Writing in the Melbourne newspaper The Age, Yakov Rabkin, professor of history at the University of Montreal, argues that Israel could learn something from Australia's National Sorry Day, and acknowledge the wrongs that Israel has inflcited on the Palestinians, just as Australia now apologizes annually to Aboriginal communities. Rabkin appeals, in this, to 'the values of social justice that permeate the Jewish tradition' and he refers a couple of times to the colonial histories of Australia and Israel.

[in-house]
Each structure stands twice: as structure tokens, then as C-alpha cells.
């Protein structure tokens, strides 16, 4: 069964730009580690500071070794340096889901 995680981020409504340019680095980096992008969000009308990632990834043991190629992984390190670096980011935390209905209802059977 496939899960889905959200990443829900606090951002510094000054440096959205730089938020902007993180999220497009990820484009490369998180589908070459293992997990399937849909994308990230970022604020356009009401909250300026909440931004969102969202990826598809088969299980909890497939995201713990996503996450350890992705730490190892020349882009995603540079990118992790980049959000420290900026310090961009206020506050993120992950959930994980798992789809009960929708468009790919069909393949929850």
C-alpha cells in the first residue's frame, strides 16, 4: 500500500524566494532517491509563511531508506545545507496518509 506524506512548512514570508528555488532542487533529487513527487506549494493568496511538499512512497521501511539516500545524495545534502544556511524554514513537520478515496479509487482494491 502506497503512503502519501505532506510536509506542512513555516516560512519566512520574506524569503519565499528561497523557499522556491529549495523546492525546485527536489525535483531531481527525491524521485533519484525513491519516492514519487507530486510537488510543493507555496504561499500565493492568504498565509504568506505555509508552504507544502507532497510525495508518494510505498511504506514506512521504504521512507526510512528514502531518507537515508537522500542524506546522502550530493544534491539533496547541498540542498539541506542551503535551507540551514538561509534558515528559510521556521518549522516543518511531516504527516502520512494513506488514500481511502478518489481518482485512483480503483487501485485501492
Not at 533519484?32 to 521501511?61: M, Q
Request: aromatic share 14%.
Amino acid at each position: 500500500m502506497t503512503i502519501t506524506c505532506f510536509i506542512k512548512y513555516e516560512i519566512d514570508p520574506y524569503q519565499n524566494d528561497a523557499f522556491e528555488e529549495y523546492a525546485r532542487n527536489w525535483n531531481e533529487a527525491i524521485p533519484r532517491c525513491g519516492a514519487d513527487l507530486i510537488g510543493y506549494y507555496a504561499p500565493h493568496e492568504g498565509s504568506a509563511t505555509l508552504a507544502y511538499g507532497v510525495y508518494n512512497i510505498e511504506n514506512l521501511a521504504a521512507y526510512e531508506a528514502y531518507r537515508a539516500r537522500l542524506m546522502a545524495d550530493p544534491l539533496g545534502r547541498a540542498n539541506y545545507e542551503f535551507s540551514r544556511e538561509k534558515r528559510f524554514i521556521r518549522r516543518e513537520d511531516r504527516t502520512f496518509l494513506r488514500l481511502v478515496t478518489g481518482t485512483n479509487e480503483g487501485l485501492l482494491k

I, too, look forward to the day when Israelis can say an official sorry to the Palestinian people, but I would point out one major disanalogy that Rabkin ignores in treating the cases as alike, and one practical conclusion flowing from it. This is that, despite Australia's colonial history, the present legitimacy of the country has not been put in question. In making its apology, it does so as a nation whose existence is accepted; this is even a basic assumption of the apology - both offered and received in the knowledge that no one proposes the dismantling or undoing of Australia. The same does not hold in the Israel and Palestine case. The legitimacy of Israel's existence is still not recognized on the Palestinian side. It could be that apology and recognition will go together as reciprocal acts in building a two-state solution. (Thanks: IMac.)